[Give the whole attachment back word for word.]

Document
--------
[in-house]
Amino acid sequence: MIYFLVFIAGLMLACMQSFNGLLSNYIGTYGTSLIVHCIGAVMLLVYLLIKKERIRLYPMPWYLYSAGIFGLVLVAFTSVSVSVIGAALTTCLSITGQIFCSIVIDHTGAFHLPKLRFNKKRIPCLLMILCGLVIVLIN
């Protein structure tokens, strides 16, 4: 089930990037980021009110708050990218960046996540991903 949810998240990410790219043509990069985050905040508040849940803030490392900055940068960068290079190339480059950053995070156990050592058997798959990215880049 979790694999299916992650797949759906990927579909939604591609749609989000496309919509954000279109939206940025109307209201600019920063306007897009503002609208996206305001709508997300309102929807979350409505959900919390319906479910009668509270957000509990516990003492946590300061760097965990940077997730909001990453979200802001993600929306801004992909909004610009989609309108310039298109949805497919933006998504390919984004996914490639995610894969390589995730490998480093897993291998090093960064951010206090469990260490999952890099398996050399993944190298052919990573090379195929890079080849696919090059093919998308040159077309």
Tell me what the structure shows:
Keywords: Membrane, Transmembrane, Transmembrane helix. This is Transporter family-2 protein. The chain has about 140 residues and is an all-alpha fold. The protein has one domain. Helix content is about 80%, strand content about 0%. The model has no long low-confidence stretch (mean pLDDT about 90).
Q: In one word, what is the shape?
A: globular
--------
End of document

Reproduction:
[in-house]
Amino acid sequence: MIYFLVFIAGLMLACMQSFNGLLSNYIGTYGTSLIVHCIGAVMLLVYLLIKKERIRLYPMPWYLYSAGIFGLVLVAFTSVSVSVIGAALTTCLSITGQIFCSIVIDHTGAFHLPKLRFNKKRIPCLLMILCGLVIVLIN
């Protein structure tokens, strides 16, 4: 089930990037980021009110708050990218960046996540991903 949810998240990410790219043509990069985050905040508040849940803030490392900055940068960068290079190339480059950053995070156990050592058997798959990215880049 979790694999299916992650797949759906990927579909939604591609749609989000496309919509954000279109939206940025109307209201600019920063306007897009503002609208996206305001709508997300309102929807979350409505959900919390319906479910009668509270957000509990516990003492946590300061760097965990940077997730909001990453979200802001993600929306801004992909909004610009989609309108310039298109949805497919933006998504390919984004996914490639995610894969390589995730490998480093897993291998090093960064951010206090469990260490999952890099398996050399993944190298052919990573090379195929890079080849696919090059093919998308040159077309």
Tell me what the structure shows:
Keywords: Membrane, Transmembrane, Transmembrane helix. This is Transporter family-2 protein. The chain has about 140 residues and is an all-alpha fold. The protein has one domain. Helix content is about 80%, strand content about 0%. The model has no long low-confidence stretch (mean pLDDT about 90).
Q: In one word, what is the shape?
A: globular